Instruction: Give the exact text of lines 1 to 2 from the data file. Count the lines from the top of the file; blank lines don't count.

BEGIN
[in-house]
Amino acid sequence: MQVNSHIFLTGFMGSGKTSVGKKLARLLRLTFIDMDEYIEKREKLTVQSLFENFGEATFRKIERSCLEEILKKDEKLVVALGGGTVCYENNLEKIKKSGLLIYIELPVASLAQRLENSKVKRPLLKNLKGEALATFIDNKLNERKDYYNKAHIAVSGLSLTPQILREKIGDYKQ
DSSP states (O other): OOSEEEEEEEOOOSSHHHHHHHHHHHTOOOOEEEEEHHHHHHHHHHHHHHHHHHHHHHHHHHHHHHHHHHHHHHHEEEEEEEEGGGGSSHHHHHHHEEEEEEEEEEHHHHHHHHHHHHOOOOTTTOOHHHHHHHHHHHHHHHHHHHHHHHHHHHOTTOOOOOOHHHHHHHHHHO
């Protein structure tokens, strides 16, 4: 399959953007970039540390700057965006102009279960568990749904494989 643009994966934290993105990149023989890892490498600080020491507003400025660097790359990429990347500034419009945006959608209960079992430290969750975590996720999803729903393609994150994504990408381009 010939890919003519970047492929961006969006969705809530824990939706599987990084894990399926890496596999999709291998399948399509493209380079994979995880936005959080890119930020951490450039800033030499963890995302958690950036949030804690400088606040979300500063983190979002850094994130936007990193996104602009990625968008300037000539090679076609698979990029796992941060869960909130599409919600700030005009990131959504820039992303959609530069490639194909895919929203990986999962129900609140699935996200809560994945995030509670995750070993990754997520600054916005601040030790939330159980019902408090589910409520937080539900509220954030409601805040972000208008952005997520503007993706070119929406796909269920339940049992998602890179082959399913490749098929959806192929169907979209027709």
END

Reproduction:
[in-house]
Amino acid sequence: MQVNSHIFLTGFMGSGKTSVGKKLARLLRLTFIDMDEYIEKREKLTVQSLFENFGEATFRKIERSCLEEILKKDEKLVVALGGGTVCYENNLEKIKKSGLLIYIELPVASLAQRLENSKVKRPLLKNLKGEALATFIDNKLNERKDYYNKAHIAVSGLSLTPQILREKIGDYKQ